Illustration by Alyssa Etoile.

Illustration by Alyssa Etoile.


How We Live is a series centering on the lived experience and thought of black teenagers.

August 9, 2014 was the day Michael Brown was killed in my hometown of Ferguson, Missouri. National discourse shifted to issues of police brutality, and #BlackLivesMatter rose to the forefront of the public consciousness. There it was: in my household, on my television, throughout my discussions, and all over my Tumblr dashboard. CNN ran nonstop, and utterances of “Mm, mm, mm, that’s a shame,” left my dad’s mouth. My mom was right there, too, and after lamenting this tragedy, she added “The racism was even worse over in Jennings,” a town about five miles away. Their stories of St. Louis past colored those of the present, but the most affecting reports were firsthand, from my family in Ferguson, including my young black nephew. I stored them with me, as I did my own, found in memories and short visits to back to see Granny and Pa Pa and the town that’s now etched into history.

There was an unsettling ambivalence inside me, something I now realize I was the feeling of having everything and nothing. This was my home, but this was not my story. I left St. Louis before before I could fathom the meaning of my black skin. The only Ferguson I knew was one of memory. It was my grandma’s house and playing in the park and dreaming my wildest dreams. It was feeling the safest I’ve ever felt at the youngest I’d ever be. It was perfection that could only exist to a kid sheltered by love and knowing nothing. But I was not a kid anymore, not like I was. I could no longer separate my home from my skin color.

I am ashamed of the way that I responded from there. First, the passive decision to remain quiet and unseen when I should have stood up. It was the shudder that restrained me; that is, fear and the remnant of an inside at war. I wondered if I should speak out, if my silence was bought by the acceptance that came with being “unproblematic.” If hitting reblog meant that this was my fight, did I even have the right? Then there was the speaking where I wasn’t needed—trying to give my insight on the situation–you know, because I was from there and my family was experiencing it. Call it pretension, or naiveté, or both, but I felt the need to tell my family’s story and brag about my mother’s marching. I came close to doing a photo essay about Ferguson’s murals to show a side that the media didn’t seem to see. (Sigh. I don’t even do photography, guys.) A part of me wanted to be able to have my piece in the “black experience,” even in this collective darkness, to relate and be relevant. And so, I dreamt up ways that I could be seen.

I think the story of my blackness is a reflection of that—searching to see myself. Hence, junior year of high school felt like a revelation. Amidst all the awful teenage feelings, I found two hope-beacons in discourse communities and cultural hegemony. Finally, there was proof of life–I could give name to my experience; I was suddenly valid. This blackness was me looking in a mirror, which is why the lights dimmed in the face of Ferguson. I, with my light-skin and upper-middle class upbringing, was not there. I had never been close to losing my body, and no story of my life was testament to this pain, but I tried to make myself known and seen and heard. I’ve tried to blame intellectual discourse, but its limitations can’t cover my own. I was the one finding it hard to look beyond myself, steeped in engrained ideas and my own narrow perspective. My privilege had become a barrier to my empathy, and in trying to see myself, I was inadvertently blocking those voices that needed to be heard.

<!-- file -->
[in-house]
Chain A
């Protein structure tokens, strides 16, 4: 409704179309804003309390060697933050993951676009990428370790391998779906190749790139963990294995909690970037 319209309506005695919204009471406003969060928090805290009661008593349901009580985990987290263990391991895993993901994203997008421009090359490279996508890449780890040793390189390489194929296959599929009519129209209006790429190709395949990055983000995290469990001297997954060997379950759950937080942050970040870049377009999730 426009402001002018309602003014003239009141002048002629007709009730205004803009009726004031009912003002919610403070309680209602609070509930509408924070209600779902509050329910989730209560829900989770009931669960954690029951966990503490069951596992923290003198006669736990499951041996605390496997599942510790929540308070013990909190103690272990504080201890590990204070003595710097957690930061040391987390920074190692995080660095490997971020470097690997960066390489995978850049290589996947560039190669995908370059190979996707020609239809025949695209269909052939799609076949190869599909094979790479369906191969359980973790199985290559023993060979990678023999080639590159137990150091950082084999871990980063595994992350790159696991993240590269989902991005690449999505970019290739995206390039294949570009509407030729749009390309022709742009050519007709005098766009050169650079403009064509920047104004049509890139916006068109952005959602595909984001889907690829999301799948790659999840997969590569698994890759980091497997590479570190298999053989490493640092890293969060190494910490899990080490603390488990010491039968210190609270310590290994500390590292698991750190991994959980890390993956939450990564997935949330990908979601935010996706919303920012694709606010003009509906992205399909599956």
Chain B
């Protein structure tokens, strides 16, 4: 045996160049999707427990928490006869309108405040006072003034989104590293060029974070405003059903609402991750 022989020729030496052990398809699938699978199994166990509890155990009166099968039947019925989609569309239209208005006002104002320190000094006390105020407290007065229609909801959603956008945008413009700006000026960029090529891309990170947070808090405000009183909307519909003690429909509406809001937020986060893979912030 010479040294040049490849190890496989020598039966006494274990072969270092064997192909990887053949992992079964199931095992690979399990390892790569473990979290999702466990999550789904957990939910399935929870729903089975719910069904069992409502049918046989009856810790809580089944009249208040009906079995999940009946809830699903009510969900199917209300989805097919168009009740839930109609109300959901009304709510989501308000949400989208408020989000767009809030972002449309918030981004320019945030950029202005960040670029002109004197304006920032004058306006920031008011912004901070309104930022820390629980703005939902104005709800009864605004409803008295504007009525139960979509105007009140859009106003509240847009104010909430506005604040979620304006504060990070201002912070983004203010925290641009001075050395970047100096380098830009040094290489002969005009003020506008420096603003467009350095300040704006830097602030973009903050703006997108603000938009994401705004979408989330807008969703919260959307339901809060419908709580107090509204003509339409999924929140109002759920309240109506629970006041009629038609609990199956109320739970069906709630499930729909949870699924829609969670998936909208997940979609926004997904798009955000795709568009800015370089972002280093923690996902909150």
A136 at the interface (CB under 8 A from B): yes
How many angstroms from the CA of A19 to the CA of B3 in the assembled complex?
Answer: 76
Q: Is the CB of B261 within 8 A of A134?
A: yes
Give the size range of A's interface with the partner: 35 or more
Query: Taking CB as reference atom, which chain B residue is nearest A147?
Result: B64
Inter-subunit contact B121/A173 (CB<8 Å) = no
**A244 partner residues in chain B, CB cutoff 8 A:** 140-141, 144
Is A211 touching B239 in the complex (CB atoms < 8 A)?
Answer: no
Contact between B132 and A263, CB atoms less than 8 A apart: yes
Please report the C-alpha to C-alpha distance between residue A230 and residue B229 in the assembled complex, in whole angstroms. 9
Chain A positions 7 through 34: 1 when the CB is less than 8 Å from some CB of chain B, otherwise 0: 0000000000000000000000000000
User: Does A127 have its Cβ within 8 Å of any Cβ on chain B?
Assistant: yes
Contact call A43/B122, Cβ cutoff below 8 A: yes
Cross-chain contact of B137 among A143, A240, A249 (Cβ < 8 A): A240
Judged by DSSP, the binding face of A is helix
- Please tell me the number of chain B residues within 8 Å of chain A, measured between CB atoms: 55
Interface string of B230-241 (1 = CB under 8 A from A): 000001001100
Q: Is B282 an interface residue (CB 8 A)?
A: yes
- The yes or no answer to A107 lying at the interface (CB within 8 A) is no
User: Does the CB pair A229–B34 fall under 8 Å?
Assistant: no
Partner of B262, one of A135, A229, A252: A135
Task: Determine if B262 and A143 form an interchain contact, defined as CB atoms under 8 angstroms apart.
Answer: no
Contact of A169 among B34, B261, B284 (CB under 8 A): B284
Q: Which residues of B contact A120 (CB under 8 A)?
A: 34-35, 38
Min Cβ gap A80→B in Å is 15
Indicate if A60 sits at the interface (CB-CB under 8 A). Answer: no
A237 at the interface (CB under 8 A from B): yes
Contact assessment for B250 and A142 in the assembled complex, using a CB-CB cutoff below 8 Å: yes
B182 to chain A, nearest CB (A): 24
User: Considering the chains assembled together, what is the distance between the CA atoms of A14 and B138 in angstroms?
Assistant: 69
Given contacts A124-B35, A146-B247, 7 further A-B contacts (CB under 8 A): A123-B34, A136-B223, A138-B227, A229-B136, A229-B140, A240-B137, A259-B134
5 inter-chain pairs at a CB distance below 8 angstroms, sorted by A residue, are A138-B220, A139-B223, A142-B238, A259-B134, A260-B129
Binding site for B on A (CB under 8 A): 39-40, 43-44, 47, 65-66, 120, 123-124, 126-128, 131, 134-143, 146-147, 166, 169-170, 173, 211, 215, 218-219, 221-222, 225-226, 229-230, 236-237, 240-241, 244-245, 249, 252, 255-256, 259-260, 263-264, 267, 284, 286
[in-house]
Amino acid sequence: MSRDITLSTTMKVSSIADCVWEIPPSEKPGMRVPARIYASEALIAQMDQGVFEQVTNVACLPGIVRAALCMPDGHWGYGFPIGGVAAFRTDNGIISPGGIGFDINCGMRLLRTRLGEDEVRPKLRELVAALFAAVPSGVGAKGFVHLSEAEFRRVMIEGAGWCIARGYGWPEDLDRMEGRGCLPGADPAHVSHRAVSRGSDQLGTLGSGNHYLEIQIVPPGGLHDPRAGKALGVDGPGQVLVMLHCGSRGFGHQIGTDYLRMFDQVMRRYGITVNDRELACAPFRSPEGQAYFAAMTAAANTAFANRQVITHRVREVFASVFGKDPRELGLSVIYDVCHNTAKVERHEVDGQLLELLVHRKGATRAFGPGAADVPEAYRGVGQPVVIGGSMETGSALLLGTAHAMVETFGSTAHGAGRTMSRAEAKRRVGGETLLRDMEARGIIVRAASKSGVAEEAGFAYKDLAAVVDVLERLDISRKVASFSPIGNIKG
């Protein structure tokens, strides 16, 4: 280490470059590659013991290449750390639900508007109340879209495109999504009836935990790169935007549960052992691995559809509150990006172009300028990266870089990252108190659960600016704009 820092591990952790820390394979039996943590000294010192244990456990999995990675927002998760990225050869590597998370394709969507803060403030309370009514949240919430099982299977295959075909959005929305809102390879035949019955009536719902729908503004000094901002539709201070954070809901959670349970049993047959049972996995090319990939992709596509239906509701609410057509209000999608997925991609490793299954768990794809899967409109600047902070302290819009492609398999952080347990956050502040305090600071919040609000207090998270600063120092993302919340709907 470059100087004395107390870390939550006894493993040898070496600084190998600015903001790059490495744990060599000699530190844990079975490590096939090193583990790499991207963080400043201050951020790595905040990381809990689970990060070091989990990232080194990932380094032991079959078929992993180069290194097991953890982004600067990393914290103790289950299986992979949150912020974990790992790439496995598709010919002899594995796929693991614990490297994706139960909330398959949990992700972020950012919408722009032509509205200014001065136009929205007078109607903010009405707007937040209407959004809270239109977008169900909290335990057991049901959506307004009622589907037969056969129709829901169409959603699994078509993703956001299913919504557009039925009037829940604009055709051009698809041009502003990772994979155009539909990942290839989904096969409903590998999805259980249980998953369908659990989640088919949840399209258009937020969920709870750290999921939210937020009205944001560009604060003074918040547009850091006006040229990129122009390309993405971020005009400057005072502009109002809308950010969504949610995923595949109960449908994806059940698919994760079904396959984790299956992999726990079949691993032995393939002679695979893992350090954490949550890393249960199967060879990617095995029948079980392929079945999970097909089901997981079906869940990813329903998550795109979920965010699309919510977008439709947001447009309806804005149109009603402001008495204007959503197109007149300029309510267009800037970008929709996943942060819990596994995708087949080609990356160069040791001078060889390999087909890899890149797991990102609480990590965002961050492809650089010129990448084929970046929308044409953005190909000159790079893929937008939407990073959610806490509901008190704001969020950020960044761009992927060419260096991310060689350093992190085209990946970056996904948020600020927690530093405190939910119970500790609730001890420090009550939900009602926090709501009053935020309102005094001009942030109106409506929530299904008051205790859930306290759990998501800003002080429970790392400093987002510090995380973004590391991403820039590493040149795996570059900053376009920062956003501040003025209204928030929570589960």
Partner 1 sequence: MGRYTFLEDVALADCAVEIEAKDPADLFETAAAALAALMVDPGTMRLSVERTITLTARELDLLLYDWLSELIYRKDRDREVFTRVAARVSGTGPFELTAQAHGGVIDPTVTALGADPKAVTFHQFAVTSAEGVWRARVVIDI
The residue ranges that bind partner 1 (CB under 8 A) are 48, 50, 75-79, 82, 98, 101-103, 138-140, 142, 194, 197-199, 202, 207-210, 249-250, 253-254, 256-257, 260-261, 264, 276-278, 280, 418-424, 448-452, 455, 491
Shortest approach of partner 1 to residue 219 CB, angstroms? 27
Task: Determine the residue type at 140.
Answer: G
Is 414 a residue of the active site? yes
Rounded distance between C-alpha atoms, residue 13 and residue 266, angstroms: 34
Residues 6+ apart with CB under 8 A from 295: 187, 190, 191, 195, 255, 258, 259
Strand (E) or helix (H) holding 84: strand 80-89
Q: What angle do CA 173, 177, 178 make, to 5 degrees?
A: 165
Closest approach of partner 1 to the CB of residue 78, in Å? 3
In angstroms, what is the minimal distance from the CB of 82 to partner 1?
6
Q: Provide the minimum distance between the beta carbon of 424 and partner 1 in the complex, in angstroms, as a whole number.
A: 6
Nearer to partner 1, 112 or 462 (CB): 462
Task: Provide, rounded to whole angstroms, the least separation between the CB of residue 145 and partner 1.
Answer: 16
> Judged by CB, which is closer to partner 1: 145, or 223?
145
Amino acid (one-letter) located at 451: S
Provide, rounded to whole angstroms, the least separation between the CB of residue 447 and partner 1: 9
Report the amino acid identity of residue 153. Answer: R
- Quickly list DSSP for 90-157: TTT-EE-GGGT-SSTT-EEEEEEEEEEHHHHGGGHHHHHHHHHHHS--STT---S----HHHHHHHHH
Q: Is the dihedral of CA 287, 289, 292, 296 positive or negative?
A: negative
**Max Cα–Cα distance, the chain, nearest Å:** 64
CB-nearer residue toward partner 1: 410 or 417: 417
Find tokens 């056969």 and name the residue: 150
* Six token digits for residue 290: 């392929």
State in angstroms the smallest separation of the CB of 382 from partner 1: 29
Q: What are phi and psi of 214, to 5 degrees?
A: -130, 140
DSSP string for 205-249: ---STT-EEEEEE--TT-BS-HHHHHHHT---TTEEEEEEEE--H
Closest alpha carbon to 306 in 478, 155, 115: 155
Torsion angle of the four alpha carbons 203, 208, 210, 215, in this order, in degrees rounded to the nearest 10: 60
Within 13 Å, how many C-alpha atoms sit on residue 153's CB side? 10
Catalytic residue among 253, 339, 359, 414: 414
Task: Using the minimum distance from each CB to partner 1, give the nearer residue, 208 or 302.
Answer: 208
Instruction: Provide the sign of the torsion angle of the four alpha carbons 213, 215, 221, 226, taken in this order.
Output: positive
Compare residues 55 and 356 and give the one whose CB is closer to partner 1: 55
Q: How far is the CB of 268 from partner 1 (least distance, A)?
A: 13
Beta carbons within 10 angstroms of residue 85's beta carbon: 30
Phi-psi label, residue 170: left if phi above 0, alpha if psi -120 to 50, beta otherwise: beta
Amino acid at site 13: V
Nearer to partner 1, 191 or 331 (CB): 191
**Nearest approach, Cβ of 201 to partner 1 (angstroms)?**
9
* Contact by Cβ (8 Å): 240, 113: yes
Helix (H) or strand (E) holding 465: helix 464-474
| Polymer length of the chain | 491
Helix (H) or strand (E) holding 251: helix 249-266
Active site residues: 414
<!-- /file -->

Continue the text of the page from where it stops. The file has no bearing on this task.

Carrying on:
This was the overgrowth of my past, the weeds that sprouted in my little suburban happiness. Am I black enough? It was my music tastes, or the way I spoke. Rooted in my privilege were questions of my being. Then came the natural side effects of a complex; the trying to be black, the feeling like I must have something to prove by having something to contribute, of truly being a part of this collective black experience. The trying to mitigate that jumble of guilt and shame and feelings and relate to the struggle–to become black as aforementioned. But is struggle the essential element of blackness?

Theory and discourse about blackness taught me to see myself; reflected and affirmed my black skin and life. When faced with the harsh truth of police brutality, that mirror shattered. My only frames of reference for blackness were those around me and myself, neither of which bore witness to that tragedy (at least, not in my lifetime) and therein lies the disconnect. I had, by this point, only examined blackness through this very personal lens, but so much of blackness lies in what we share. This is where I am left questioning—where is the line of the collective and the personal? Where does my blackness end and ours begin? I wonder when they overlap, when they should. Furthermore, a bit more quietly, I wonder if I am anything if I don’t stand up. If I don’t use whatever admitted privilege I have, if I don’t step outside myself, then what am I doing?

Ultimately, I am seeking my reflection. I am coming into my identity slowly. I have privileges, and at times weak knees, but I am black as a state of being, and maybe that’s the only mirror I need. ♦

Alexis is an 18-year-old, story-obsessed filmmaker, writer, and musician. You can find her on Tumblr.